Perhaps one day, we may look around and find that it is easier and better to be animals than be humans. I read in Joseph Stiglitz’s book – Making Globalization Work – a comment that it was better to be a cow in Europe than to be a human being in Africa. Why? Each European cow gets a subsidy of about $3.00 per day to see to their wellbeing. Yes, they are eventually slaughtered but aren’t human beings slaughtered everywhere in different unnecessary wars, unmourned and unsung, sometimes in their millions?  The modern world will have to come to terms with the growing worthlessness of human beings, especially those ones trapped in underdeveloped, backward, failed and failing states. Unfortunately my country Nigeria is one of those kinds of countries – perhaps the king of them all. I have to pinch myself sometimes to ask God just why he created me as a Nigerian and what he wants me to do with this problem. If we only live once, it will be a huge waste to be born into a country like Nigeria., live and die and leave this space the way we met it, or worse. The essence of creation has to be positive impact in my reckoning.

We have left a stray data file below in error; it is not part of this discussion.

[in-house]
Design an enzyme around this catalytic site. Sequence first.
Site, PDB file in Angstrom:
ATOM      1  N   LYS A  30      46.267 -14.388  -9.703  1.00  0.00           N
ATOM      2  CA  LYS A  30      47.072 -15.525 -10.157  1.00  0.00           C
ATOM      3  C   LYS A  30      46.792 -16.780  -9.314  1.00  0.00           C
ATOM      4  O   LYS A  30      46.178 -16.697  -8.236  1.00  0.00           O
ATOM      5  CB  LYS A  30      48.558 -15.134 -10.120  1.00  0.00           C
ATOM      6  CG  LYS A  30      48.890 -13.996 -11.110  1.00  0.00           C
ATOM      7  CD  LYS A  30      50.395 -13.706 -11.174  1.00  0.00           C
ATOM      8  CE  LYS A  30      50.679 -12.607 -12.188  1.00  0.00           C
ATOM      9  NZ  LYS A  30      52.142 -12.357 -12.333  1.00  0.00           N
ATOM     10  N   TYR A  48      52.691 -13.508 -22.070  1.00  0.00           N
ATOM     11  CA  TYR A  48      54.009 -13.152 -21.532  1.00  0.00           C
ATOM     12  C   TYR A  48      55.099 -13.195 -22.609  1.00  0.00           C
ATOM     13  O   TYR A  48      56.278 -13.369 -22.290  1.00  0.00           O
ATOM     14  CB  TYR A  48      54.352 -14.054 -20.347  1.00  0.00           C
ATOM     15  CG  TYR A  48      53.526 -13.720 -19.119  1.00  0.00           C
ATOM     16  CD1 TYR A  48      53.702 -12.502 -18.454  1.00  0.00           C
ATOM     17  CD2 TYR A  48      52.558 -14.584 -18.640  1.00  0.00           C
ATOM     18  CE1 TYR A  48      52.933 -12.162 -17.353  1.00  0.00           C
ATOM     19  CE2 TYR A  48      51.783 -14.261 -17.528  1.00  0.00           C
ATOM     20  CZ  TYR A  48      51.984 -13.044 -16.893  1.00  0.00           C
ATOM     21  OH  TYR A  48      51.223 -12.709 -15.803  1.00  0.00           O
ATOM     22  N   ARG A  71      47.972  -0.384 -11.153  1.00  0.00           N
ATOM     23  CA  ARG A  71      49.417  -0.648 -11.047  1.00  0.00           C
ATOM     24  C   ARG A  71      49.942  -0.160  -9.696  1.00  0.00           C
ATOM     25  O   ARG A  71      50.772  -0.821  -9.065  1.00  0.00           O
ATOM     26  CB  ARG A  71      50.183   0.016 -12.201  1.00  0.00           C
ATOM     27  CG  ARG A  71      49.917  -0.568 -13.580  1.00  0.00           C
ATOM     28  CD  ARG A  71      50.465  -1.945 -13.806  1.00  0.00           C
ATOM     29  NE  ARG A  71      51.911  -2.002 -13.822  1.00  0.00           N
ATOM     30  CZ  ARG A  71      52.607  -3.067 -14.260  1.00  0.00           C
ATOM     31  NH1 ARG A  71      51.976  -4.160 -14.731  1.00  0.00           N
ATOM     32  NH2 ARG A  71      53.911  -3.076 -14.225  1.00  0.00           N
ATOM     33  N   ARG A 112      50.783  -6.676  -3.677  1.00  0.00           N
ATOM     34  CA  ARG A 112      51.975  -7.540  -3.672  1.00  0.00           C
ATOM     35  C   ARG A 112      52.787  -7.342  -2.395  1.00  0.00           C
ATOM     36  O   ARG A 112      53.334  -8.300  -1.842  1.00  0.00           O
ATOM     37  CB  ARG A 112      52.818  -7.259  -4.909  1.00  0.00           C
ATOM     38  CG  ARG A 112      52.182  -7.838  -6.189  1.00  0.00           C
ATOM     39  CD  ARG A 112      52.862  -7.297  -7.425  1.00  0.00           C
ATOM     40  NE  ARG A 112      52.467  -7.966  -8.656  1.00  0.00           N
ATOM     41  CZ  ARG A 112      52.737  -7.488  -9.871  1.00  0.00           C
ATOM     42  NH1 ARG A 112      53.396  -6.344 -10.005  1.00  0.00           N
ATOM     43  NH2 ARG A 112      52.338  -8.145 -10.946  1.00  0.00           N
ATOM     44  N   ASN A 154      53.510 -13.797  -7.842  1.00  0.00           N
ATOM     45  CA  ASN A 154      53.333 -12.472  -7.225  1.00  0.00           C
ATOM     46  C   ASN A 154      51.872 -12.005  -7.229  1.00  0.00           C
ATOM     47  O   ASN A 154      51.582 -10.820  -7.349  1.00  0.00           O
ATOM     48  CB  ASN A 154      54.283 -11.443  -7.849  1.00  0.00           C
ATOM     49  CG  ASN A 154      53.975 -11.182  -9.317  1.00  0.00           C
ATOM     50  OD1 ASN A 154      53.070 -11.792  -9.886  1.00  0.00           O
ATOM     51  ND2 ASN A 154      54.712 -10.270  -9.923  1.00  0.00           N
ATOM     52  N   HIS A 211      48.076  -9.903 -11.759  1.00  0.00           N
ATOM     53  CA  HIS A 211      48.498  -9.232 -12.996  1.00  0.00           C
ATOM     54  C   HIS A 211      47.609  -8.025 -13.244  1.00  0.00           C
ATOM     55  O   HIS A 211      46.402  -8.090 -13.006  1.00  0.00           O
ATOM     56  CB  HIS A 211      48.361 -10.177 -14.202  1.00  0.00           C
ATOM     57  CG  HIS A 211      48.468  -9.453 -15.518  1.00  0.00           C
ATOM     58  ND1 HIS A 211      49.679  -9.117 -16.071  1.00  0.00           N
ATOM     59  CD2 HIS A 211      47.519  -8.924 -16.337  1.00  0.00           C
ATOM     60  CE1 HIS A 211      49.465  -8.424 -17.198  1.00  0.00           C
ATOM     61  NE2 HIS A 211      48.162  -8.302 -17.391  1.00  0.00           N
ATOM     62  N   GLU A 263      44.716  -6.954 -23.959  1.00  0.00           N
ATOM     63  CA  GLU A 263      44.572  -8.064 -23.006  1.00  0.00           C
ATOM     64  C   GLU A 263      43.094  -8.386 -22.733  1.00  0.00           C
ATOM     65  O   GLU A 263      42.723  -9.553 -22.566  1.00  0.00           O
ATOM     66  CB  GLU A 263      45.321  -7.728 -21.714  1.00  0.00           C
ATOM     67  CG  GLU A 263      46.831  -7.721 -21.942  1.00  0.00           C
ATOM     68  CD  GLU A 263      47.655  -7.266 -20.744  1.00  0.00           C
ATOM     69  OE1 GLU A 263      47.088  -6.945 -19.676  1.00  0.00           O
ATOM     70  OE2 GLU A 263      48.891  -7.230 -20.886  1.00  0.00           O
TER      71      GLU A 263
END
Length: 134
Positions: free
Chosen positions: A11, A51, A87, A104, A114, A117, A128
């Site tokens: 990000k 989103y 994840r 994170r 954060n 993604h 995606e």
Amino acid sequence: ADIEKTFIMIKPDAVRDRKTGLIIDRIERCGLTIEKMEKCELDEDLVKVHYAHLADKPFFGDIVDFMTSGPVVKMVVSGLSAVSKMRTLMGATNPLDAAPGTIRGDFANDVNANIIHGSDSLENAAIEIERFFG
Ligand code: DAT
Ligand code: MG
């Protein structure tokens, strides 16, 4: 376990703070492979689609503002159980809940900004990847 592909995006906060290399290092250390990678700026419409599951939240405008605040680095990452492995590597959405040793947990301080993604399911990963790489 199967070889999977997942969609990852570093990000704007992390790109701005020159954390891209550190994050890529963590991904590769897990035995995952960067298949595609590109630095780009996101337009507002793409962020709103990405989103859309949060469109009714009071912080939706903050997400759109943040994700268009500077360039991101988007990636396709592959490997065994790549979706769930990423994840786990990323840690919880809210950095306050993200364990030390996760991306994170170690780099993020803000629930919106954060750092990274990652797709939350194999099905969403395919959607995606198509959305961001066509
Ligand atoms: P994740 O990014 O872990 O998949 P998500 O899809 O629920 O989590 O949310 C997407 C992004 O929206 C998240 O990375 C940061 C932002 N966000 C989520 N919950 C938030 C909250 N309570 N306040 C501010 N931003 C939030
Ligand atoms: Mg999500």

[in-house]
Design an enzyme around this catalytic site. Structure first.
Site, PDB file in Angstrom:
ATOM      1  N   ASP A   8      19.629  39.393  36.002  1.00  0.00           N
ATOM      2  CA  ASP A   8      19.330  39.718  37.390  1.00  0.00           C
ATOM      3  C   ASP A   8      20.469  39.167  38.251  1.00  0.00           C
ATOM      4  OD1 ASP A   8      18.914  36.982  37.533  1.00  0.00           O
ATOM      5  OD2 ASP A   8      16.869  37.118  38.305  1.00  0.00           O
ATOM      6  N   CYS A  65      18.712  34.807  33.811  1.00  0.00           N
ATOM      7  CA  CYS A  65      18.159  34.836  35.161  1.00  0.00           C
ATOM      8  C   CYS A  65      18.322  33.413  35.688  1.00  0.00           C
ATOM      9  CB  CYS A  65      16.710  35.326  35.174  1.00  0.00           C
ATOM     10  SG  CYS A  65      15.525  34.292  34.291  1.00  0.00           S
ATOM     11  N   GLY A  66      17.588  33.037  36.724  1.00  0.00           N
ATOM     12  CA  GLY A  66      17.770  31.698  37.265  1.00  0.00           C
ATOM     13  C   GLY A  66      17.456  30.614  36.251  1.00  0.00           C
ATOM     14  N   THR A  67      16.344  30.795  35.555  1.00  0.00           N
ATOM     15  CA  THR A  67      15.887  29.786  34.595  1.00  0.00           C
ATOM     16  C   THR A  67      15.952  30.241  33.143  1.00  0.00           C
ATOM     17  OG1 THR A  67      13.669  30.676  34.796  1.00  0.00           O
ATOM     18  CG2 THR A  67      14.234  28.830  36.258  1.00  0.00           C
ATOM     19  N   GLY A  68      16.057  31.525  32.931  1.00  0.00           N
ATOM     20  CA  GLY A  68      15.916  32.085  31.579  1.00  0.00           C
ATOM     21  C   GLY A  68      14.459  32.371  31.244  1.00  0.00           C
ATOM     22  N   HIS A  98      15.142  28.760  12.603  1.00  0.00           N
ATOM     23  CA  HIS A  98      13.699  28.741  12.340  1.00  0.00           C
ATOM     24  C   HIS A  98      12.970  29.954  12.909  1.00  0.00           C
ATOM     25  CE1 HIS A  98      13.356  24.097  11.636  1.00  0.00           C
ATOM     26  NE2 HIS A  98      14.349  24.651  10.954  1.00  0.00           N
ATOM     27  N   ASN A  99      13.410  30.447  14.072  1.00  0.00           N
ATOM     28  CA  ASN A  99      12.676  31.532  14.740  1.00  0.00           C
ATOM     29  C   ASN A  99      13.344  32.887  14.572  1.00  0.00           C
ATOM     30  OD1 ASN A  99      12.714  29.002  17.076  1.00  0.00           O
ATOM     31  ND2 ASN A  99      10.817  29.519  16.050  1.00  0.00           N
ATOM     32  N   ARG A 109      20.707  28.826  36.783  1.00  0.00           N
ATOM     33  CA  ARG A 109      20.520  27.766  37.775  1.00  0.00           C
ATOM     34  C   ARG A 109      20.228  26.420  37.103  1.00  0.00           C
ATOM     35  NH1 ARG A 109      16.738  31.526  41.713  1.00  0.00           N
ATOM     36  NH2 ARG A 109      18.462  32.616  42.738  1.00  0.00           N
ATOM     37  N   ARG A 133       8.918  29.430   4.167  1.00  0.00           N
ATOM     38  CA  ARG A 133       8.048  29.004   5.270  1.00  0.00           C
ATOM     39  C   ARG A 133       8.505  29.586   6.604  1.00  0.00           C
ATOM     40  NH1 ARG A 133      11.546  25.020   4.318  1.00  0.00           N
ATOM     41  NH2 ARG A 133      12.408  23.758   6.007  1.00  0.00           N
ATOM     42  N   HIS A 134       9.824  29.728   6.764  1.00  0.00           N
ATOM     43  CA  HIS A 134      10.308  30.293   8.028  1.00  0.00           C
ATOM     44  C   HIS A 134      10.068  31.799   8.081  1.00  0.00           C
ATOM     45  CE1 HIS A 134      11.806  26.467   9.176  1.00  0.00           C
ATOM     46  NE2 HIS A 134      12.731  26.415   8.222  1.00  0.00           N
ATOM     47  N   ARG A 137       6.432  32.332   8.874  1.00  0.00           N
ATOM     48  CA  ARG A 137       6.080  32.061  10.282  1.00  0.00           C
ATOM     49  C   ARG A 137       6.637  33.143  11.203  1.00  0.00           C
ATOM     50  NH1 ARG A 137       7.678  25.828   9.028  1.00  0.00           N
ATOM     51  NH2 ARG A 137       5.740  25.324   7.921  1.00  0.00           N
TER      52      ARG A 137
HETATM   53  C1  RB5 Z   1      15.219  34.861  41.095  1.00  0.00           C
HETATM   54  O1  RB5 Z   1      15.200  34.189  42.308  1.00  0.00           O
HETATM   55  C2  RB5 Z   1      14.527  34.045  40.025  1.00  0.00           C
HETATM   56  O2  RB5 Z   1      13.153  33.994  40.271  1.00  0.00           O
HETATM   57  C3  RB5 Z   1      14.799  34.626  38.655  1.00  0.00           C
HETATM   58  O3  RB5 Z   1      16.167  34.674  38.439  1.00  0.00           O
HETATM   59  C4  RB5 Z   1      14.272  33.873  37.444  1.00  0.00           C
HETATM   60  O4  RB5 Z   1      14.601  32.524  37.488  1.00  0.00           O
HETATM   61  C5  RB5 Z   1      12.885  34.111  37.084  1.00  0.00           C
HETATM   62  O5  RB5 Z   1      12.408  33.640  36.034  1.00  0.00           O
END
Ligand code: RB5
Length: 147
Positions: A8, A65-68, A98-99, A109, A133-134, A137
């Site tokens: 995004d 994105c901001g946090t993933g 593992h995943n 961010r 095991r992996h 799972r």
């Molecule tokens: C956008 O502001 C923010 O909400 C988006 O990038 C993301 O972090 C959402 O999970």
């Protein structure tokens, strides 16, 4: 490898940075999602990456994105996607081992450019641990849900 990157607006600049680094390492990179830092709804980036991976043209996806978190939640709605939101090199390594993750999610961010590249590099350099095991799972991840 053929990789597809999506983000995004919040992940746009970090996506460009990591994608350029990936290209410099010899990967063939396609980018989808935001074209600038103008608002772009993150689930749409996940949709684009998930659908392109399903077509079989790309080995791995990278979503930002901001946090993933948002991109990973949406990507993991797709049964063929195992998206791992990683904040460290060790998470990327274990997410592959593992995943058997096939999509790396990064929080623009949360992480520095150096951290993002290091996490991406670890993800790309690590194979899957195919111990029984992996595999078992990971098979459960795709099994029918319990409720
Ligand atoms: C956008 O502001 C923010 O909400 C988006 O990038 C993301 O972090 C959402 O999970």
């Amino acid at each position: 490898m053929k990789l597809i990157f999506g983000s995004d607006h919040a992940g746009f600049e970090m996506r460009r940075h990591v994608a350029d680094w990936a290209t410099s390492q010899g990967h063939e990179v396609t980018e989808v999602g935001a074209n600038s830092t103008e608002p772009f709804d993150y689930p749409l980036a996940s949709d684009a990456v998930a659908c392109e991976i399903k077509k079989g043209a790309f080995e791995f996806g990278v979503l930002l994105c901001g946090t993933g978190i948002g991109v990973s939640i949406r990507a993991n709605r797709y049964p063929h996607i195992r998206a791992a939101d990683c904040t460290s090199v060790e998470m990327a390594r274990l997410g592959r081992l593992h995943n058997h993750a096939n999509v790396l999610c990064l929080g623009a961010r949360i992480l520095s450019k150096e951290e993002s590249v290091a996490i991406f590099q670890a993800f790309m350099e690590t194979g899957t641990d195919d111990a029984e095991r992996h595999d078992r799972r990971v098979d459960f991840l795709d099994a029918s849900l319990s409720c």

The World Poverty Clock says we have 93million people in extreme poverty and that the poverty is growing every second Some people think just because they have sorted themselves out or are lucky to be sitting pretty, then all is well with everyone. No, it ain’t. Extreme poverty. Hunger,. Malnutrition. Hopelessness. Joblessness. Cashless-ness. These are the realities of majority of Nigerians. Millions of Nigerians live beggarly lives. This is more in some cultures than others, but it takes on different styles, from society to society. Apart from the ones we see on the streets, there are also ‘fine baras’, who dress well and move from office to office, or haunt bus stops. Then there are those who depend so heavily on their family members who may have jobs or businesses. The upshot of this is that more than half of us are unproductive or underproductive. Perhaps that is why it is emerging that even in Nigeria, animals – cows, dogs, cats – are now being valued higher than humans.